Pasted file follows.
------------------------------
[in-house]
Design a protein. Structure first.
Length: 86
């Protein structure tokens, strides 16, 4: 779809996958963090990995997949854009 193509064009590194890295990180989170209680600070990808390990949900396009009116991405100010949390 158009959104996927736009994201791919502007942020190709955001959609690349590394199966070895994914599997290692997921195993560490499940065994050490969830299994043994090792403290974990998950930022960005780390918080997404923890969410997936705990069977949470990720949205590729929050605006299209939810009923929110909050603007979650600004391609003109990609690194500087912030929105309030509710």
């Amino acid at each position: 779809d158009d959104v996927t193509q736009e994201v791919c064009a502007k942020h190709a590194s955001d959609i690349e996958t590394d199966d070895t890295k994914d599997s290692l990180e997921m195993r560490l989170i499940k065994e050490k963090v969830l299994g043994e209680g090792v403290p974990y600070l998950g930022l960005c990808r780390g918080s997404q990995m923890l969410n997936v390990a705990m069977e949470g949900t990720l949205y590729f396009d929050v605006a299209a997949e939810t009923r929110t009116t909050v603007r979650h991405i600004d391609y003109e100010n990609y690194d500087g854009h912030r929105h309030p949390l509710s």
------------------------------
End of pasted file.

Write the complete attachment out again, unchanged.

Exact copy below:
[in-house]
Design a protein. Structure first.
Length: 86
């Protein structure tokens, strides 16, 4: 779809996958963090990995997949854009 193509064009590194890295990180989170209680600070990808390990949900396009009116991405100010949390 158009959104996927736009994201791919502007942020190709955001959609690349590394199966070895994914599997290692997921195993560490499940065994050490969830299994043994090792403290974990998950930022960005780390918080997404923890969410997936705990069977949470990720949205590729929050605006299209939810009923929110909050603007979650600004391609003109990609690194500087912030929105309030509710």
């Amino acid at each position: 779809d158009d959104v996927t193509q736009e994201v791919c064009a502007k942020h190709a590194s955001d959609i690349e996958t590394d199966d070895t890295k994914d599997s290692l990180e997921m195993r560490l989170i499940k065994e050490k963090v969830l299994g043994e209680g090792v403290p974990y600070l998950g930022l960005c990808r780390g918080s997404q990995m923890l969410n997936v390990a705990m069977e949470g949900t990720l949205y590729f396009d929050v605006a299209a997949e939810t009923r929110t009116t909050v603007r979650h991405i600004d391609y003109e100010n990609y690194d500087g854009h912030r929105h309030p949390l509710s």